Success equals lots of poor students
The performance indicators will use data on the home postcodes of students similar to those introduced by the Universities and Colleges Admissions Service this week as a tool to help institutions attract more students from under-represented groups.
The use of postcodes in the league tables - due in December - comes amid claims that providers are under pressure to favour poorer students over middle-class ones in response to the Government's drive to widen participation. Critics say that could dilute standards.
However, education minister Baronness Blackstone was anxious to quieten such fears as she launched UCAS's new hi-tech system. She said: "Neither UCAS nor the Government wants universities and colleges to lower their standards. Only students who have the ability, talent and potential to benefit should be admitted."
Using a version of a commercial database developed to help companies target markets for their products, universities and colleges will be able to use postcodes to draw up a picture of the social backgrounds of their applicants. The database uses census and other information to allocate social categories to postcodes.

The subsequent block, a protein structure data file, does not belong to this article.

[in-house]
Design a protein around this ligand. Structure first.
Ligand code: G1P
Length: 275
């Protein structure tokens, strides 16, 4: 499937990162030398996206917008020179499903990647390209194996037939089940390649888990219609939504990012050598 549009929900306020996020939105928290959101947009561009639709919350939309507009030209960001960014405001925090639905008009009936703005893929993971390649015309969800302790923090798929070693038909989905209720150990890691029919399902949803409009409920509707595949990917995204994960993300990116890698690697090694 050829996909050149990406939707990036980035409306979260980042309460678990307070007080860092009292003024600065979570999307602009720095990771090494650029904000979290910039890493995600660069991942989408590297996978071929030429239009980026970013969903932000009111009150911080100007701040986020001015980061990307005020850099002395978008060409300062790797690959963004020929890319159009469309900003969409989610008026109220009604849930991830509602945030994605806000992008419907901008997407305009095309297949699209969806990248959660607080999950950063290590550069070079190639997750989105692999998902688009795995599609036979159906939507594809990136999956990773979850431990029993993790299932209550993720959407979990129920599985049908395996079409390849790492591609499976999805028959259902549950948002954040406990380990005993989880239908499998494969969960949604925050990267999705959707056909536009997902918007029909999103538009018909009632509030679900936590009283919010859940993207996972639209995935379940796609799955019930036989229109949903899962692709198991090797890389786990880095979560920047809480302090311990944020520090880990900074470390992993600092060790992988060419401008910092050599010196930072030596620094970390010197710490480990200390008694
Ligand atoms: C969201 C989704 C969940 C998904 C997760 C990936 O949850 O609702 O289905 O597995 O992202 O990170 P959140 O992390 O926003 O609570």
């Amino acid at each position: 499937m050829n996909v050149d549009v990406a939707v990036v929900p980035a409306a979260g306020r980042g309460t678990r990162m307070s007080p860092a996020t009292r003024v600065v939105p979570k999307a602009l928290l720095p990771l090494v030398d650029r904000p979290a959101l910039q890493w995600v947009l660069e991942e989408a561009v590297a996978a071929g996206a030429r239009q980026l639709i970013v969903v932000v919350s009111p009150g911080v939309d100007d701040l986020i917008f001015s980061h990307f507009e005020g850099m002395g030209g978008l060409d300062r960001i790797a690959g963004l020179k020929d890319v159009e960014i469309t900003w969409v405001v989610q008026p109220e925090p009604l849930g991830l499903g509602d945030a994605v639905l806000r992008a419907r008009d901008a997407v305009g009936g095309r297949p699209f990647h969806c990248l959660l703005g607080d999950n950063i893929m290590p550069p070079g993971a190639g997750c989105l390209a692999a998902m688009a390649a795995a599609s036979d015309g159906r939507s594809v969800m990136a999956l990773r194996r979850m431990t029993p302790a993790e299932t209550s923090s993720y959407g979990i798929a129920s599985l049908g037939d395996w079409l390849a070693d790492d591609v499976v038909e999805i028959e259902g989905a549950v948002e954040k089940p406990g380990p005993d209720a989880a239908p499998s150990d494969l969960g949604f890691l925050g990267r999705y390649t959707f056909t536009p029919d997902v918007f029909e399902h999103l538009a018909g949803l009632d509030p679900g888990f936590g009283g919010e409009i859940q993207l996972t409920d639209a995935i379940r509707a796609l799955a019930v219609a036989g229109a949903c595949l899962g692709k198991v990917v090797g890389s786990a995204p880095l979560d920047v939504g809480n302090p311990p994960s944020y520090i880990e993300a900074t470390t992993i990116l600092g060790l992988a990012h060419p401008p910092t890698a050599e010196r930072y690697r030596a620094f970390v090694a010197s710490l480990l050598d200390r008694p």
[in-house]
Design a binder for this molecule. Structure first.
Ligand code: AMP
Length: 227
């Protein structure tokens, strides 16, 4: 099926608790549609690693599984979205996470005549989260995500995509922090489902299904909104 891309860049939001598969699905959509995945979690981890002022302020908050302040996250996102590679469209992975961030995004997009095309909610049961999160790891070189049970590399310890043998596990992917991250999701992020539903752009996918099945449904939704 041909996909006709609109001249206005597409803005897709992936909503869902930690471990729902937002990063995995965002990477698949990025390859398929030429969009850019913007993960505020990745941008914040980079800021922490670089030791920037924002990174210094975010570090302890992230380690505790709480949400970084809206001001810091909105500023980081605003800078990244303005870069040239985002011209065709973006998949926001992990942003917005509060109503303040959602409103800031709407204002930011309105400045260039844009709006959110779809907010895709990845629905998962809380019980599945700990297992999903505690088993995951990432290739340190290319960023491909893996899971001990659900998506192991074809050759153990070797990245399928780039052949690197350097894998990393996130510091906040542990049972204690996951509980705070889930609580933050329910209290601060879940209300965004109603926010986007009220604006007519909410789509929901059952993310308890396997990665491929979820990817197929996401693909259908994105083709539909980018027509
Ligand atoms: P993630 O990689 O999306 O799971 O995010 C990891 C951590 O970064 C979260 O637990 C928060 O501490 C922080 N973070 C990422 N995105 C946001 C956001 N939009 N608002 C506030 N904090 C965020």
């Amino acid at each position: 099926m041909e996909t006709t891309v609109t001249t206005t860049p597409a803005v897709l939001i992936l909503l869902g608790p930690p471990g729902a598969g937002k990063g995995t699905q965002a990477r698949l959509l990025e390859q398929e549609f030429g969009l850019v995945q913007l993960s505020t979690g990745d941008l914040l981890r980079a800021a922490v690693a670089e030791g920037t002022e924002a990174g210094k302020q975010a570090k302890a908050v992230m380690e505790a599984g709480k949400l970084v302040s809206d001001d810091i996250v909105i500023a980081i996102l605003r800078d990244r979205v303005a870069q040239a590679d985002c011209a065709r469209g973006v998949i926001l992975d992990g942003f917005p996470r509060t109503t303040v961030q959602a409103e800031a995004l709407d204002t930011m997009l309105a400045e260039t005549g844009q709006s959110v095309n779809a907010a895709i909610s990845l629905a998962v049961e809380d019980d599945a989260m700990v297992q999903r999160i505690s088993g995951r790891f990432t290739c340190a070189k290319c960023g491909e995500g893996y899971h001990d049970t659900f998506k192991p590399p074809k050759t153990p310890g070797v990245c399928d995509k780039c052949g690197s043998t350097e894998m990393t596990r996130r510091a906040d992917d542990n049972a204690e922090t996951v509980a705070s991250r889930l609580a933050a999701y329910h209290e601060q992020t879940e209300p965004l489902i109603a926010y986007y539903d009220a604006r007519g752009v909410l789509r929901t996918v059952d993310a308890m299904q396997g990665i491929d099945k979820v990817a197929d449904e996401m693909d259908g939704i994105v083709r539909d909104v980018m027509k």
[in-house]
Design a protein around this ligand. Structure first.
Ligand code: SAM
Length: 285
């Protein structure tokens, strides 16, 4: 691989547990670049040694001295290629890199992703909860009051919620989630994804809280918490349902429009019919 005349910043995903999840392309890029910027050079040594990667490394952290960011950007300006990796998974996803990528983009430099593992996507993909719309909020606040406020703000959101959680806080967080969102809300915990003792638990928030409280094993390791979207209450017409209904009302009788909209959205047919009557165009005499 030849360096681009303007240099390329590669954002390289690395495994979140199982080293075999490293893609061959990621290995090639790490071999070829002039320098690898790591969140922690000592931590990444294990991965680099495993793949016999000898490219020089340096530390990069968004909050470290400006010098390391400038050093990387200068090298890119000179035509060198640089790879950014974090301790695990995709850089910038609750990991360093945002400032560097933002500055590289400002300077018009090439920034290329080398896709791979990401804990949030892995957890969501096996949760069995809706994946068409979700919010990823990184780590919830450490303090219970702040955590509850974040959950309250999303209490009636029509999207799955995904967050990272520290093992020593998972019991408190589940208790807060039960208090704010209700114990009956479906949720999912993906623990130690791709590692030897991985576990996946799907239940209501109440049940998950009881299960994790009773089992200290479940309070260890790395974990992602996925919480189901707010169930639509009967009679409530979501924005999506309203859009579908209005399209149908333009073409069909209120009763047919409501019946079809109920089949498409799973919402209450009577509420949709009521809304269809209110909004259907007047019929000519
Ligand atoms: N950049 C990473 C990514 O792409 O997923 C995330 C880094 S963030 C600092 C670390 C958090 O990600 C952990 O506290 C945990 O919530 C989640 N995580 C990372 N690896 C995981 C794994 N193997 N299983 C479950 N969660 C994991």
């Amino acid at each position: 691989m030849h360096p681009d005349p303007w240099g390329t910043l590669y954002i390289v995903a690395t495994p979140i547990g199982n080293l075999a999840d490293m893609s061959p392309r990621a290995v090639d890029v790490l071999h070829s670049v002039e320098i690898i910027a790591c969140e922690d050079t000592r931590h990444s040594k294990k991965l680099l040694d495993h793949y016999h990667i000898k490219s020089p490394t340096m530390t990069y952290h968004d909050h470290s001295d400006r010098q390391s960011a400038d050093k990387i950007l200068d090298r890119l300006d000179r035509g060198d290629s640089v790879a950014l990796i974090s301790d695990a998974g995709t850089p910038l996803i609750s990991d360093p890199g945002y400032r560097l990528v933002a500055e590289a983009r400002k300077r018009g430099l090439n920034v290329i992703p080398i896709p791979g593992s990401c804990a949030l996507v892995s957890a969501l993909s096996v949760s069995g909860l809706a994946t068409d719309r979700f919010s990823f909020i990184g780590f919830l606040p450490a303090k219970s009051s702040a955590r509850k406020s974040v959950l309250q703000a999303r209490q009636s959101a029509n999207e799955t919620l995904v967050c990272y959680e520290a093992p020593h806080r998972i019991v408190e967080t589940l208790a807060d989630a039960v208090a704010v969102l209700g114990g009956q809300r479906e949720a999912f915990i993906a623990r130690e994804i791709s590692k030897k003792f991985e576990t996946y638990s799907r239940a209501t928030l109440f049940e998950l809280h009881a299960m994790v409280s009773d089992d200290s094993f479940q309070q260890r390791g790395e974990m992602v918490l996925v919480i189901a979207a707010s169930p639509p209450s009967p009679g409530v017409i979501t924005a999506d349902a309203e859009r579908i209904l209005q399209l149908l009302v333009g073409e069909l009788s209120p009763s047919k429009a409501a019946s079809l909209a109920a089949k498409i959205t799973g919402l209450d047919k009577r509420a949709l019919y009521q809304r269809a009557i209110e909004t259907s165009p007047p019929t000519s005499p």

That will allow institutions to see which groups are under-represented both socially and geographically. They will also be able to compare data with groups of their competitors.
Tony Higgins, chief executive of UCAS, said that under-represented groups would be targeted as well as traditional students. The Government wanted to increase participation from 33 per cent to 50 per cent: "That 17 per cent has got to come from somewhere," he said.
Despite a 20 per cent increase in students from lower socio-economic groups between 1994 and 1998, they still make up less than half the intake - and suffered a steeper fall in numbers than middle-class students in 1998 when applications fell. But Alan Smithers, professor of education at Liverpool University, said the new league tables - allied to incentive payments from the Government - would add to the pressure to select by social class rather than ability. Yet claims of under-representation were based on myth, he said.
"Lower socio-economic groups are not under-represented at university compared to A-level performance.
"The gap opens up in the earliest years. The numeracy and literacy strategies in primary schools mean we're intervening at a much more appropriate time, but there's no point intervening post-18," he said.